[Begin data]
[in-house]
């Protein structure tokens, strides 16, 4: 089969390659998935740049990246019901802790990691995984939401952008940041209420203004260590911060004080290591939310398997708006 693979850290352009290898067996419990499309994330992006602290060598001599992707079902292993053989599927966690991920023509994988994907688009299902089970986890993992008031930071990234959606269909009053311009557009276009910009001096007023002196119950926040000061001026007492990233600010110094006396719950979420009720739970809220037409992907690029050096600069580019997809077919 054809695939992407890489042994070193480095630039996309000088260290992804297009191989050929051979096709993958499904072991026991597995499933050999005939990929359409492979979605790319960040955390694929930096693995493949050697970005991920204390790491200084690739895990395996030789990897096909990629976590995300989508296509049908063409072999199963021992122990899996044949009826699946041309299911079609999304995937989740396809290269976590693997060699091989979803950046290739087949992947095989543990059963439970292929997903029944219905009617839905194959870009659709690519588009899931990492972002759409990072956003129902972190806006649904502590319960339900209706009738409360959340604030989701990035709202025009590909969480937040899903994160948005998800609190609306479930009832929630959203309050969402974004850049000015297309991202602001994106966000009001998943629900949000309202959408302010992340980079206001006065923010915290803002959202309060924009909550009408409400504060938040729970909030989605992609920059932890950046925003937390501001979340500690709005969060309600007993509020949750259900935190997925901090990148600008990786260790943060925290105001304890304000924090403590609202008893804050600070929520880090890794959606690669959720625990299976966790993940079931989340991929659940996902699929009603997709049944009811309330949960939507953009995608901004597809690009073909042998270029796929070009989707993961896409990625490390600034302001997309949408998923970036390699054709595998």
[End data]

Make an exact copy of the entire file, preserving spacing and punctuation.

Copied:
[in-house]
């Protein structure tokens, strides 16, 4: 089969390659998935740049990246019901802790990691995984939401952008940041209420203004260590911060004080290591939310398997708006 693979850290352009290898067996419990499309994330992006602290060598001599992707079902292993053989599927966690991920023509994988994907688009299902089970986890993992008031930071990234959606269909009053311009557009276009910009001096007023002196119950926040000061001026007492990233600010110094006396719950979420009720739970809220037409992907690029050096600069580019997809077919 054809695939992407890489042994070193480095630039996309000088260290992804297009191989050929051979096709993958499904072991026991597995499933050999005939990929359409492979979605790319960040955390694929930096693995493949050697970005991920204390790491200084690739895990395996030789990897096909990629976590995300989508296509049908063409072999199963021992122990899996044949009826699946041309299911079609999304995937989740396809290269976590693997060699091989979803950046290739087949992947095989543990059963439970292929997903029944219905009617839905194959870009659709690519588009899931990492972002759409990072956003129902972190806006649904502590319960339900209706009738409360959340604030989701990035709202025009590909969480937040899903994160948005998800609190609306479930009832929630959203309050969402974004850049000015297309991202602001994106966000009001998943629900949000309202959408302010992340980079206001006065923010915290803002959202309060924009909550009408409400504060938040729970909030989605992609920059932890950046925003937390501001979340500690709005969060309600007993509020949750259900935190997925901090990148600008990786260790943060925290105001304890304000924090403590609202008893804050600070929520880090890794959606690669959720625990299976966790993940079931989340991929659940996902699929009603997709049944009811309330949960939507953009995608901004597809690009073909042998270029796929070009989707993961896409990625490390600034302001997309949408998923970036390699054709595998």